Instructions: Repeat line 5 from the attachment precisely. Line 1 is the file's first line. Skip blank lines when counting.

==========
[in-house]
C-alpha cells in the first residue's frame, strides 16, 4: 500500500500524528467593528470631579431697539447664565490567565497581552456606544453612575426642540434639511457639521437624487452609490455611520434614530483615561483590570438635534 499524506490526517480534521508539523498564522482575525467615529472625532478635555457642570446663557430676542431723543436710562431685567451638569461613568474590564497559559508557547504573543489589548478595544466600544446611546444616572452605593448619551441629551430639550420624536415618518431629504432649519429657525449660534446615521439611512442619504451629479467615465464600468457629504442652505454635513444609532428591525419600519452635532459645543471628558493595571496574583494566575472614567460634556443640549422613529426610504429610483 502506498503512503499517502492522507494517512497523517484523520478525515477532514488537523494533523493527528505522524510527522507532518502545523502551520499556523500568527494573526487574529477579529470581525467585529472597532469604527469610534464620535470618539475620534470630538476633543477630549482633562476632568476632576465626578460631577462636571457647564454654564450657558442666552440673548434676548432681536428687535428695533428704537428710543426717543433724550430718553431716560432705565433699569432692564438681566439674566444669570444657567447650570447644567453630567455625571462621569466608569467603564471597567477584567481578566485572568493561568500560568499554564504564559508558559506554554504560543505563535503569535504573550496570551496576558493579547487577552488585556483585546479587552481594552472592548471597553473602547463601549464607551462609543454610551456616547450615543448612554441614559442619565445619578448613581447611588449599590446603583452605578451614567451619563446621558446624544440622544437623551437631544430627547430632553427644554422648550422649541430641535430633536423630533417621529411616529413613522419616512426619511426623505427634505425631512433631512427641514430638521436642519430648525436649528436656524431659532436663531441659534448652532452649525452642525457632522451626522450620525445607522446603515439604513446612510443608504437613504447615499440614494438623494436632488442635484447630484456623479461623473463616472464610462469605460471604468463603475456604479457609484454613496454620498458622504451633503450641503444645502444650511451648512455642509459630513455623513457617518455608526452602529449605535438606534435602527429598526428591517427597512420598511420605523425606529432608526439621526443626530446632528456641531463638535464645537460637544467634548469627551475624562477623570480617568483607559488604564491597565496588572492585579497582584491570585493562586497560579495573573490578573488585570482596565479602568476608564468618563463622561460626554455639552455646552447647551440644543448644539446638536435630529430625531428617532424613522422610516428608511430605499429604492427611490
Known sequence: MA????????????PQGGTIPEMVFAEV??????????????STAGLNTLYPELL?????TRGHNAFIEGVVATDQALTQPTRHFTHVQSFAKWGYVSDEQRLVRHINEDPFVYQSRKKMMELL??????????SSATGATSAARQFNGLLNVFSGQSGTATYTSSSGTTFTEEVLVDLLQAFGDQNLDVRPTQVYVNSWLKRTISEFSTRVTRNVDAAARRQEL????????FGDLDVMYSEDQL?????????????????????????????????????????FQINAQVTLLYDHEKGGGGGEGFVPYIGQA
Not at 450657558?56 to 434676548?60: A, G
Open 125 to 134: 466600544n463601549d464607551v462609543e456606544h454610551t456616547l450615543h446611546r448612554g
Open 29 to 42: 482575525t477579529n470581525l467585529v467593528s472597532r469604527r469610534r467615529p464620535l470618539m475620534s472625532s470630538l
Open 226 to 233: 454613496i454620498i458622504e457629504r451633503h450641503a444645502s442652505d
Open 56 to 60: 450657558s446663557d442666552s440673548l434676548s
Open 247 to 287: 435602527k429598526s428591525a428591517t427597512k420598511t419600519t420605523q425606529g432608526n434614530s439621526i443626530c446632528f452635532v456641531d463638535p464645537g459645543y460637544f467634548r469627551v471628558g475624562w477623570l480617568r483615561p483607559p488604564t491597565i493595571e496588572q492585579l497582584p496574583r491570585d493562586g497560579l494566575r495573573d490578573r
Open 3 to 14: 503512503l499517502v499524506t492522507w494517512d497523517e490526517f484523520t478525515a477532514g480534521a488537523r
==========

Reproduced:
Open 125 to 134: 466600544n463601549d464607551v462609543e456606544h454610551t456616547l450615543h446611546r448612554g